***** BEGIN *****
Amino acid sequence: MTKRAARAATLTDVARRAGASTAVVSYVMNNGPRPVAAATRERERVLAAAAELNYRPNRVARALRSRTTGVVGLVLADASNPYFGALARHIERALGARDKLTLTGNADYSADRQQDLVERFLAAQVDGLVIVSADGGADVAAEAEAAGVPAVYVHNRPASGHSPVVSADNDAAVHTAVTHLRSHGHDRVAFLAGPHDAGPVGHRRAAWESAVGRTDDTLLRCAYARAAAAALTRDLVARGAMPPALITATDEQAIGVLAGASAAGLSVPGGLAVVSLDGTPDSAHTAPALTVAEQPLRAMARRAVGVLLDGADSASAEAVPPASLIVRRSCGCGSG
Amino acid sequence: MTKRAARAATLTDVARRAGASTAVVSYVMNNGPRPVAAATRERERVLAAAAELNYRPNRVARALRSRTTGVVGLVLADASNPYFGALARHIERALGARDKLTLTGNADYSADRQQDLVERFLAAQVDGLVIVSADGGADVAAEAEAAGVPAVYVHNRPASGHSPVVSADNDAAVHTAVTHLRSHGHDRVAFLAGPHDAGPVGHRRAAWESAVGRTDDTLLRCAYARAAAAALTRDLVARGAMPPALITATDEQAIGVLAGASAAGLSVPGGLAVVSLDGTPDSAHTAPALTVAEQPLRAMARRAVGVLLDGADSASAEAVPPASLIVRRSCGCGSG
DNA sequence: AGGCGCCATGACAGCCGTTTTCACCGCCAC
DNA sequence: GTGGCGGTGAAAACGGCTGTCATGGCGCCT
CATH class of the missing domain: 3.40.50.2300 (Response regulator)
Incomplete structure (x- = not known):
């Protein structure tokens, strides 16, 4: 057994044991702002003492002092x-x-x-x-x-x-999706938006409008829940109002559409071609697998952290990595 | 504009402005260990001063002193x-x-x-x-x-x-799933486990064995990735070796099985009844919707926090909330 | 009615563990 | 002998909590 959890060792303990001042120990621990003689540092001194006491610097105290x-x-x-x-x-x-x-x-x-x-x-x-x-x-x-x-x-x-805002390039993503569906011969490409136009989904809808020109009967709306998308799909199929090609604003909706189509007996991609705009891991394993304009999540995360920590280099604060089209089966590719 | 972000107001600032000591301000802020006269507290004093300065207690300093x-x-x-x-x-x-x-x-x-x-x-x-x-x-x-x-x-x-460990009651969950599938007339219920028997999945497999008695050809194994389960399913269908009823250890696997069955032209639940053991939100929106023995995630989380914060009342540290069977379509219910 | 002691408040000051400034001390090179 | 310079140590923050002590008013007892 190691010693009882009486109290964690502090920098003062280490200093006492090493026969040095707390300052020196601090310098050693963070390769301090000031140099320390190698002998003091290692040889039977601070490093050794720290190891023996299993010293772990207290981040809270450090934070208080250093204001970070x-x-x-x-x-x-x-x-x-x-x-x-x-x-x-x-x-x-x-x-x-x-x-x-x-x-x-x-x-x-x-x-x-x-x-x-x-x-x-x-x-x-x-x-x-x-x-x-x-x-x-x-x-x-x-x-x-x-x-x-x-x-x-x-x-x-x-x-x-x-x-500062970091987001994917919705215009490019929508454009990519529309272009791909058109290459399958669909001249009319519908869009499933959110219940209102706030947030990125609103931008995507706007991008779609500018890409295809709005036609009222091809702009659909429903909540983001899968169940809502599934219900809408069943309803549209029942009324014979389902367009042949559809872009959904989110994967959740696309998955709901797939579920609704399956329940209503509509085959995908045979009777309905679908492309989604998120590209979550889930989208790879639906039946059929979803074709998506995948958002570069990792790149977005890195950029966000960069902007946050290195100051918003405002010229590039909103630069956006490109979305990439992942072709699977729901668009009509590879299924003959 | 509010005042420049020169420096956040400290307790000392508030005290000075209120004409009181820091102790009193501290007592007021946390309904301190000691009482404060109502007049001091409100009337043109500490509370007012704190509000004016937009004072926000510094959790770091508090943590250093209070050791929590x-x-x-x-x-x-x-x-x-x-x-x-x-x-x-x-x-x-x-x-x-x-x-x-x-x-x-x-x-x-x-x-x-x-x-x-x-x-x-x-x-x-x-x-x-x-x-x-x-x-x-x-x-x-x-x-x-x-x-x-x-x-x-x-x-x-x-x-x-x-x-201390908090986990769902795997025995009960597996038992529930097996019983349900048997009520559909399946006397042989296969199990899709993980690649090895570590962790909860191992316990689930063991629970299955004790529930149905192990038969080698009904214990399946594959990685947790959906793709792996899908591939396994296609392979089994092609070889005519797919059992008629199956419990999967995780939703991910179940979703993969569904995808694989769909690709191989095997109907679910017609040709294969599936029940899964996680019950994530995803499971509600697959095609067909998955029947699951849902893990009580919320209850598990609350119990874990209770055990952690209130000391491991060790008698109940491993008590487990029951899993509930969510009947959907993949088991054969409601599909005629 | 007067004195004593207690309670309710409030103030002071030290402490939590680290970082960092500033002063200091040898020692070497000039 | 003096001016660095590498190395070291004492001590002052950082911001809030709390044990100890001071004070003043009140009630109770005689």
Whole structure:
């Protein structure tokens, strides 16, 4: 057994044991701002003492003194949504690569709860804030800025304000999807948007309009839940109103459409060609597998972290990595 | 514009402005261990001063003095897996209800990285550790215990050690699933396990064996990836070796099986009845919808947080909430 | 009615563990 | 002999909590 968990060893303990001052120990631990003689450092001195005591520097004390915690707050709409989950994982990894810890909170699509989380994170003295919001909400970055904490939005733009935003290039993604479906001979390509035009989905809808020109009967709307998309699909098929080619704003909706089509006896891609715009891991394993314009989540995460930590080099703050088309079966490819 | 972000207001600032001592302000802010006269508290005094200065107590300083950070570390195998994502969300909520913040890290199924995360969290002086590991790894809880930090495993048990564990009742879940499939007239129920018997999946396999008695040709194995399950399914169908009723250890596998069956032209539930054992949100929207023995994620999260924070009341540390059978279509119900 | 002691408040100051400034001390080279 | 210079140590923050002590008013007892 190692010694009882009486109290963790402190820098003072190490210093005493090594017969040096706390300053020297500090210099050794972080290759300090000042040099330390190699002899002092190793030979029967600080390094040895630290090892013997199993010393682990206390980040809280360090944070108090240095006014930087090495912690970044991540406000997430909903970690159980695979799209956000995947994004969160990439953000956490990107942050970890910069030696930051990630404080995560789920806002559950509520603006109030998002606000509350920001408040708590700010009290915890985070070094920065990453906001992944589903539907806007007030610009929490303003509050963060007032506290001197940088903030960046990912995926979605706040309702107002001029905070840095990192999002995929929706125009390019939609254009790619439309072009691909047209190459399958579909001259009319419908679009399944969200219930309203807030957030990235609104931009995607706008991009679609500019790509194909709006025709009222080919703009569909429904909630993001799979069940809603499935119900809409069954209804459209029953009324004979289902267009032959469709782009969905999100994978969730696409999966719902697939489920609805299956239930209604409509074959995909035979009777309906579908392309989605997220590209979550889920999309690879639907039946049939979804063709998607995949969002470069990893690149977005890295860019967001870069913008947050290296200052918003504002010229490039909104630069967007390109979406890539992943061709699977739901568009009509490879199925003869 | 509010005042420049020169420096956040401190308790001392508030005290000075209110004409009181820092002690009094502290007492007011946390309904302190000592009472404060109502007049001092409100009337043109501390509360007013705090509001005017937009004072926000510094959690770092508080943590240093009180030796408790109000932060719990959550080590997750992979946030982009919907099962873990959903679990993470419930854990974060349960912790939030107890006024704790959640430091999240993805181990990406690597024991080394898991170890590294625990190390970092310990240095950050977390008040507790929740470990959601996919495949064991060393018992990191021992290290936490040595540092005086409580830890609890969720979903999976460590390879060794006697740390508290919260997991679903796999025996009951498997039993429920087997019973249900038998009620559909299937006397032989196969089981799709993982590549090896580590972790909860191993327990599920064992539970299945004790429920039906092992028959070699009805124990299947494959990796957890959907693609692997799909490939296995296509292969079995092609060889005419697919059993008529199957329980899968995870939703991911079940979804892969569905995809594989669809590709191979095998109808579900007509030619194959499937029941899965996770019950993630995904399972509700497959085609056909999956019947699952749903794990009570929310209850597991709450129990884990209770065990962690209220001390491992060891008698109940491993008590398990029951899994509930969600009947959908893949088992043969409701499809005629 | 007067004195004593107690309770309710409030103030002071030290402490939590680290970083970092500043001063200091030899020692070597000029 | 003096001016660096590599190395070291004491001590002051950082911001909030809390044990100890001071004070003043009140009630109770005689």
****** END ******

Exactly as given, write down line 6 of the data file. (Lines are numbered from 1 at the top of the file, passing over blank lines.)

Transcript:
Incomplete structure (x- = not known):